June 27, 2017 Andy Segedin (0) 0
Growing harassment and threats directed toward leadership and staff have led watchdog database GuideStar to remove its flagging of 46 suspected hate groups as defined by the Southern Poverty Law Center (SPLC) — at least for the time being. The removals will take place this week.
A GuideStar spokesperson declined to comment specifically on the instances of harassment or whether GuideStar has sought out law enforcement, citing the sensitive nature of the situation.
The decision to flag the groups started at the beginning of the year when clients expressed concern regarding potentially facilitating donations to hate groups, the spokesperson said via an email. GuideStar leadership responded by exploring potential data sources to include in GuideStar Nonprofit Profiles and identified SPLC as a reputable source some institutions were already using to protect themselves from contributing to suspected hate groups. Annotations were put in place in February.
SPLC defines hate groups as having “beliefs or practices that attack or malign an entire class of people, typically for their immutable characteristics.” In total, 46 of the 1,676,746 nonprofits tracked by GuideStar were flagged.
In the months since the flagging, GuideStar has fielded positive and negative feedback relating to the designations. Honest people can have honest disagreements over whether certain organizations should be on the list, the spokesperson added.
“We do believe, however, that we have an opportunity to improve both the way we designated hateful organizations and the context surrounding those designations,” the spokesperson said. “It is also our assessment that removing these flags — at least temporarily — will give us the opportunity to engage with the nonprofit community to better present information about organizations using the nonprofit form to advance hateful agendas.”
In a blog post on GuideStar’s website, Jacob Harold, president and CEO, noted that while some individuals do use nonprofit status to spread hateful rhetoric, the number of such instances are rare. The 46 organizations represent just 0.0027 percent of the organizations in GuideStar’s database. Harold recognized that the concept of “hate” is difficult to pin down and that the challenge increases when referring to a multi-person entity such as an organization. While finding SPLC’s analyses to be thorough, Harold revealed that he did not personally agree with every single designation made, adding that different interpretations should begin a greater conversation.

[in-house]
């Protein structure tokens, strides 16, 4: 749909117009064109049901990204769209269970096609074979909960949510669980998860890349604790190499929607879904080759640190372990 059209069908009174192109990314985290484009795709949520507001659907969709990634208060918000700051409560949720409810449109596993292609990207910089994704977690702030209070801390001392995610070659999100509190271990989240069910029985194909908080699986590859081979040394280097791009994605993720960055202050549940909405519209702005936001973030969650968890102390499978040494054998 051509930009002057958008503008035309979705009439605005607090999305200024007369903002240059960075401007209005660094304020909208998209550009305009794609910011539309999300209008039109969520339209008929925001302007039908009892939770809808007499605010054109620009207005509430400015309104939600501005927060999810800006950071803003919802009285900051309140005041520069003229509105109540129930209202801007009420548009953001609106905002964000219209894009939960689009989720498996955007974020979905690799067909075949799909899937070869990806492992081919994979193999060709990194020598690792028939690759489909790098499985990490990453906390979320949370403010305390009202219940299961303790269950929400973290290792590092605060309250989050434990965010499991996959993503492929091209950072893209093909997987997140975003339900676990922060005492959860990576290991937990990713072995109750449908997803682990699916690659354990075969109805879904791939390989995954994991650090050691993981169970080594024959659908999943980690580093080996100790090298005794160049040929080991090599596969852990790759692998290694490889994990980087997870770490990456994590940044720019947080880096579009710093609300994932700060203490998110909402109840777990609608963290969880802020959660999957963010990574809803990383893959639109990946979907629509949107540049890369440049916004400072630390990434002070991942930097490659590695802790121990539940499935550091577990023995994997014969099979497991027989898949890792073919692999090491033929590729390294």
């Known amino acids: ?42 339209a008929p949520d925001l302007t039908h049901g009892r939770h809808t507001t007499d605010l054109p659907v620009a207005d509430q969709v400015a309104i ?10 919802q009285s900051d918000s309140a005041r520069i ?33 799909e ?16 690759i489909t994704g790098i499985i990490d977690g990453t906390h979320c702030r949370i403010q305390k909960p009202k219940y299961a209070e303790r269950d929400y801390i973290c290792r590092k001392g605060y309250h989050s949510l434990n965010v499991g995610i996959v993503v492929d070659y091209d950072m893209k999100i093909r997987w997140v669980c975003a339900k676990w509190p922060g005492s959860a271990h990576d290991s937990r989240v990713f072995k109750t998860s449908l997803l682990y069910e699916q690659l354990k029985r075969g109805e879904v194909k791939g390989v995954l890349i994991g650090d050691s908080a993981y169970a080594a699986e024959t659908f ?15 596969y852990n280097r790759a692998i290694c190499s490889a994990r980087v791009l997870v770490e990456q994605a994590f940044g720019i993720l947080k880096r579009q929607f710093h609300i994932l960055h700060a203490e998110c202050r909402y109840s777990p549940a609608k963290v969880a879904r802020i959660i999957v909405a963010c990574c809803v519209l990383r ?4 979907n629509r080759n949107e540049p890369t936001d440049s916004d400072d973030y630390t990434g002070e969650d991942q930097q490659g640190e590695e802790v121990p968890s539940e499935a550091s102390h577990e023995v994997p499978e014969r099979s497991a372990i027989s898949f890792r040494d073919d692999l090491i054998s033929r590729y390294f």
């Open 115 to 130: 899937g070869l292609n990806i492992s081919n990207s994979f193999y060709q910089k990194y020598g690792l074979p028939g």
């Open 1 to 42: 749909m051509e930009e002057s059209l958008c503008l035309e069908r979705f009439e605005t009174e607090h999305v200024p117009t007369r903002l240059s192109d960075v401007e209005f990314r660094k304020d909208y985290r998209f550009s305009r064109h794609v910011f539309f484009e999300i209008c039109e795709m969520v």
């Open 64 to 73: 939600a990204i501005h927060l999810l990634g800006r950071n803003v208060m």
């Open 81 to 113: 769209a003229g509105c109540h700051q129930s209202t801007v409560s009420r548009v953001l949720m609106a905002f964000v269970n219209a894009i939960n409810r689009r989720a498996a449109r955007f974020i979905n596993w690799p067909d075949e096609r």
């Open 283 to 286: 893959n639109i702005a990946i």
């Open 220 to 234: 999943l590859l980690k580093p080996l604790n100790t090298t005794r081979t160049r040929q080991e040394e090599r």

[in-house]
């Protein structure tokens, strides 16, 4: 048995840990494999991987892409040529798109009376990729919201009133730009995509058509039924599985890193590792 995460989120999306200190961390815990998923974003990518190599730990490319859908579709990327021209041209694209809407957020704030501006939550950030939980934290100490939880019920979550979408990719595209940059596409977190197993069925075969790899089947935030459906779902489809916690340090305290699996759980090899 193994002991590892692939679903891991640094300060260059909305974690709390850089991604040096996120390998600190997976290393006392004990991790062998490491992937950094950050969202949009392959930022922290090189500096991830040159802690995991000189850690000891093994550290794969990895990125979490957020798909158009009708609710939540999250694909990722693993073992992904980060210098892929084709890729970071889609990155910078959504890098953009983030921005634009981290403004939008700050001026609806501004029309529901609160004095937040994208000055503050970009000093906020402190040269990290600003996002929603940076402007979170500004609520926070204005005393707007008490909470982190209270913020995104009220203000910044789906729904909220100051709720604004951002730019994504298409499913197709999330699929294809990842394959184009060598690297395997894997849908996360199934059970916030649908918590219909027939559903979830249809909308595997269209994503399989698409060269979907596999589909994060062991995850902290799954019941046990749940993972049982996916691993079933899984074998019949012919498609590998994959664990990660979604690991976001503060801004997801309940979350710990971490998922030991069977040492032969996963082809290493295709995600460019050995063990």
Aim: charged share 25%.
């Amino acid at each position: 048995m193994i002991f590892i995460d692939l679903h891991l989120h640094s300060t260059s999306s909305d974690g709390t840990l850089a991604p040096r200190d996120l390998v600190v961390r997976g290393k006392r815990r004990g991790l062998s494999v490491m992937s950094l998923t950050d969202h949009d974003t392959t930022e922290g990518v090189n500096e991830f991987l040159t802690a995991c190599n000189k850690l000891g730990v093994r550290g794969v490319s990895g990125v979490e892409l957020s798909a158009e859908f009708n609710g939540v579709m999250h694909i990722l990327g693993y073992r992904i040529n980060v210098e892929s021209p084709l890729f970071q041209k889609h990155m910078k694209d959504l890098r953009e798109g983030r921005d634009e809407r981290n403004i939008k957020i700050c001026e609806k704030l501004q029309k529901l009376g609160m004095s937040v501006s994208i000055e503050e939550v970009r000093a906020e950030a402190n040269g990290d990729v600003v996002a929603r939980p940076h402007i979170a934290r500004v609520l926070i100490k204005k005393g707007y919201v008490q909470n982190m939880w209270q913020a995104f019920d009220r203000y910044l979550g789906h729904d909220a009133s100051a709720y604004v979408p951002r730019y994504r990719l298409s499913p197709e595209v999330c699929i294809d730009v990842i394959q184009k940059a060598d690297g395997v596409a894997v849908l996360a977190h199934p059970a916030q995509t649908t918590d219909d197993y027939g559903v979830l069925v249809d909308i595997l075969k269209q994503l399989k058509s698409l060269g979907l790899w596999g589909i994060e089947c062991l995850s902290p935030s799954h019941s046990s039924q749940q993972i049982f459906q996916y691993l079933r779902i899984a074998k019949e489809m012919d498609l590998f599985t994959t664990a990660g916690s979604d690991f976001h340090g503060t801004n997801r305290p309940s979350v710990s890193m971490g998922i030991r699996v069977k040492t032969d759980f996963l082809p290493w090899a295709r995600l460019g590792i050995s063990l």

“My interactions with individuals at the 46 flagged organizations have been largely professional,” Harold wrote. “At times they have been sobering: I will not soon forget being shown the bullet holes from a past hate-driven shooting during my visit to the Family Research Council. No one — whatever their identity or their politics — deserves to be targeted that way.
“I deeply regret that we had to consider staff safety when deciding what to do in this case. That does not speak well for the state of civil discourse in our country right now. We must do better,” he wrote.
GuideStar’s future treatment of the information will be determined following the engagement of the larger nonprofit community. Constructive suggestions on how best to provide information about nonprofits with hateful agendas are being collected in GuideStar’s online community. In the meantime, users can request the list of 46 organizations by emailing firstname.lastname@example.org